Egerton Road, Bishopston, Bristol BS7
A large town church in thirteenth-century Gothic style, built at the start of the twentieth century for the Franciscans by Pugin & Pugin. The architecture has an appropriate Franciscan austerity, with a tall and stately interior. The historic sanctuary furnishings have not survived post-Vatican II reordering, but the church retains a number of furnishings of note. With the adjoining former friary building (also by Pugin & Pugin) it occupies a prominent position in the local townscape.
The Franciscan Order was invited to return to Bristol by Bishop Clifford in 1889. Friars Minor from Forest Gate (East London) arrived and purchased the current site, which was formerly part of Shadwell Farm, later that year. A school (since replaced) was built in 1890, incorporating a chapel. In this was baptised in 1891 William Joseph Slim, the wartime commander and later Governor General of Australia. The friary building was built next, in 1891-2; the report of the laying of the foundation stone in The Tablet stated:
The part now undertaken is intended to contain porch, hall, reception rooms, porter’s room, study, library, and friars’ cells and cloisters, which will in the future be continued to form the quadrangle. The total length of the portion now under consideration will be 108 feet, and the width 33 feet. The style of the friary will be domestic Gothic of the 15th century, but rather severe in style, in order to be in accordance with the Franciscan rule. The building will be of local stone, with dressings of Bath stone. The first contract is being carried out by Messrs Wilkins and Sons, Bristol, the architects being Messrs. Pugin and Pugin of Westminster.
Pugin & Pugin had been architects for the Franciscan church and friary buildings at Forest Gate, and the firm was employed similarly here. The builders were again Wilkins & Sons. The church is in thirteenth-century Gothic style, possibly referencing Bristol Greyfriars, built at Lewin’s Mead from 1250 (dissolved in 1538). Work started on the present church in July 1900, and the building was opened by Bishop Clifford on 14 March 1901. The furnishing of the sanctuary followed as funds permitted. The high altar was designed and built by one of the friars, and three stained glass windows depicting Franciscan saints were fitted at the east end in 1906, designed and made by Alexander Booker (then active in Bruges). Following a bequest, the west end (western bay of nave and aisles, baptistery and porches) and the confessionals, sacristy, belfry and Lady Chapel were added in 1907-09.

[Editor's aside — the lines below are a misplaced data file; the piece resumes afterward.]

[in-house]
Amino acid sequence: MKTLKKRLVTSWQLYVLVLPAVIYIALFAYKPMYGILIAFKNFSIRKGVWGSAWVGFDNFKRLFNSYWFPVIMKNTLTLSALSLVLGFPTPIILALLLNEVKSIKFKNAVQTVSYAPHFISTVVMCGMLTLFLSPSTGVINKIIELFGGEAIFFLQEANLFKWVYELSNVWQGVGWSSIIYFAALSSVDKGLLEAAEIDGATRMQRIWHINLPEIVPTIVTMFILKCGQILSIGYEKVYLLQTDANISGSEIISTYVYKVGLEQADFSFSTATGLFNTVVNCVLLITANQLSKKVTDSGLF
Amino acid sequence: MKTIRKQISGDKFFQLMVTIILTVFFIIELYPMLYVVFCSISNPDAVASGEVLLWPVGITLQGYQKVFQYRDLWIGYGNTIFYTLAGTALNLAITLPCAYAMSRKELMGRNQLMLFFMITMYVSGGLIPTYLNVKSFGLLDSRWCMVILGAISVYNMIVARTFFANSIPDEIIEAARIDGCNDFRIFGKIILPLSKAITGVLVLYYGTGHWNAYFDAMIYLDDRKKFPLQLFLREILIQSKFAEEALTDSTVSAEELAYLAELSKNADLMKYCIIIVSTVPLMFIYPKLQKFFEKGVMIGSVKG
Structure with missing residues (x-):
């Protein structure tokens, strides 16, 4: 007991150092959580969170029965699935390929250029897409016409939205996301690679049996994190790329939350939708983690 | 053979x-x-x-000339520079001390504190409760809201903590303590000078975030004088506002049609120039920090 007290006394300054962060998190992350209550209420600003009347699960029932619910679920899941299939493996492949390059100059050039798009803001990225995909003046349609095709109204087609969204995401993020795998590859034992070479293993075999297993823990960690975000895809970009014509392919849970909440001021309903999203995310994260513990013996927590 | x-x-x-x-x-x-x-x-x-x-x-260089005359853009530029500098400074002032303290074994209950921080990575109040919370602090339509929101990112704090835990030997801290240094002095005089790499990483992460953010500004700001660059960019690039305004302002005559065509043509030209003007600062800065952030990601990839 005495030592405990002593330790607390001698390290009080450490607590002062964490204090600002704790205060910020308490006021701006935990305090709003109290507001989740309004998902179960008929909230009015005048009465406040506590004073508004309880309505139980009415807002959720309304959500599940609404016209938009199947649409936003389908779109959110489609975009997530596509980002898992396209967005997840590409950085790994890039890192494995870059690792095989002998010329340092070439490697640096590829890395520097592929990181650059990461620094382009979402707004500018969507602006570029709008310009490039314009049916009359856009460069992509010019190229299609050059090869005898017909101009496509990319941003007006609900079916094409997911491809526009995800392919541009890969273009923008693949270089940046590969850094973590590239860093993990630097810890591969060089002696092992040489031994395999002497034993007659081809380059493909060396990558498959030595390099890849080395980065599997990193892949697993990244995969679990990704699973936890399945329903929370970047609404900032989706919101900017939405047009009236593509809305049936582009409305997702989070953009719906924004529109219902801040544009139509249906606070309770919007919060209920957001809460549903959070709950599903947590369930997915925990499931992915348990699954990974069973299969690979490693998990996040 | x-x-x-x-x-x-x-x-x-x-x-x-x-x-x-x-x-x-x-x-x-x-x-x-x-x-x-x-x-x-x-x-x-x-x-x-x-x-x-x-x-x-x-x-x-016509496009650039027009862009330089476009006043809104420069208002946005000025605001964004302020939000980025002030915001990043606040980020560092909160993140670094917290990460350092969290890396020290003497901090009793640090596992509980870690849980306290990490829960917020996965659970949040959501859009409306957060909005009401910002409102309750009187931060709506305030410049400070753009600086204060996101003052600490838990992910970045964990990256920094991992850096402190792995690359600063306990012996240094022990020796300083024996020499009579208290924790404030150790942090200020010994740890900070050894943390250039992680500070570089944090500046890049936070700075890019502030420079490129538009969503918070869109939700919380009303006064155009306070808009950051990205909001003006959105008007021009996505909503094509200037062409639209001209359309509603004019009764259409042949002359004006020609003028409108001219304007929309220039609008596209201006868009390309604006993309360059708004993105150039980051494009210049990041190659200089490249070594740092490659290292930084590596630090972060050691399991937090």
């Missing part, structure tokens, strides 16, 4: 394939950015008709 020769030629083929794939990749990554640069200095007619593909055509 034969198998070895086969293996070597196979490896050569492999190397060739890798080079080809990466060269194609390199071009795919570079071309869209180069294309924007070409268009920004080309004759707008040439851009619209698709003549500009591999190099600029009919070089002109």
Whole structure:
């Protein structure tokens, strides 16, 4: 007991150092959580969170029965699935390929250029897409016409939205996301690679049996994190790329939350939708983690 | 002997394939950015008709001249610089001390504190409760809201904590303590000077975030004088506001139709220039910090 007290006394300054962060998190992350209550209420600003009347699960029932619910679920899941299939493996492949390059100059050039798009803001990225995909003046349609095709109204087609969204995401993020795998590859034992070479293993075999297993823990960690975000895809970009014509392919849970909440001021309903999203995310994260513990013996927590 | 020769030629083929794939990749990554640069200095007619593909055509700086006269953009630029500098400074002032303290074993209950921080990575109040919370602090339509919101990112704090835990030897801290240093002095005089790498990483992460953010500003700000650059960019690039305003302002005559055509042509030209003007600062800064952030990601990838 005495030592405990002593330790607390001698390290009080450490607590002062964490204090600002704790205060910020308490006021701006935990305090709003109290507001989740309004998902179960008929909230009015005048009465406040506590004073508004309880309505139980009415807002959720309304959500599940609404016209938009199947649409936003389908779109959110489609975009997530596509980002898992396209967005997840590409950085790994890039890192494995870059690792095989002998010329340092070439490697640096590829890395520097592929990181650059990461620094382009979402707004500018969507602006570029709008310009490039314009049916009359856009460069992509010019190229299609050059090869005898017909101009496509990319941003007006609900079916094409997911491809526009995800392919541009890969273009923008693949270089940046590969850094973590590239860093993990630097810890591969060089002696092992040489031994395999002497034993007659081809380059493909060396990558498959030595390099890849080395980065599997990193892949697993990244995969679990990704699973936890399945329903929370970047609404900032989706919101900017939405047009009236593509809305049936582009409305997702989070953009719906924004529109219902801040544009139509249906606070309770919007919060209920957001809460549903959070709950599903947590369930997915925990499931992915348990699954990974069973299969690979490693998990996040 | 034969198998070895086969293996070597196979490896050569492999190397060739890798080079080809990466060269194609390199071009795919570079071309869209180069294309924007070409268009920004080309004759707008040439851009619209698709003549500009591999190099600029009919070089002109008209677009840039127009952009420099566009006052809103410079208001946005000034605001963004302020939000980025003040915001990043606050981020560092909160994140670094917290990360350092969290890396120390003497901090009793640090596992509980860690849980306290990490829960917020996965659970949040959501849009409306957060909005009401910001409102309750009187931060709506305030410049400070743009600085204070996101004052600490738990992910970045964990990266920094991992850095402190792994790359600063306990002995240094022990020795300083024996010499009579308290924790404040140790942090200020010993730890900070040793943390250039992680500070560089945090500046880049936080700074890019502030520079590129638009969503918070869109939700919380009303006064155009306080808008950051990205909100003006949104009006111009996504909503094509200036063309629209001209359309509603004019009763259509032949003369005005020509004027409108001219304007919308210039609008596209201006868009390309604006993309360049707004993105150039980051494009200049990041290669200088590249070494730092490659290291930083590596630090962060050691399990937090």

In 1923 a pietà was installed in the church as a memorial to the parish dead of the First World War and in 1927 the hanging rood was installed at the chancel arch. A parish hall was built in 1932 and on 13 June 1936 the completed church was consecrated by Bishop Lee. In preparation for this a new high altar and reredos in Early Christian style designed by John Bevan FRIBA was installed (figure 2).
The church is actually orientated west-east, but this description follows conventional liturgical orientation, i.e. as if the altar was to the east.
A large town church in plain thirteenth-century Gothic style, built for the Franciscans from designs by Pugin & Pugin in 1900-01, with additions by them of 1907-09. It is attached to the slightly earlier (1891-2) friary, also built from designs by Pugin & Pugin, this in a late medieval domestic style. Both buildings are built in rock-faced local stone with Bath stone dressings and slate roofs. The church consists of a nave with side aisles, south porch and sanctuary with flanking chapels.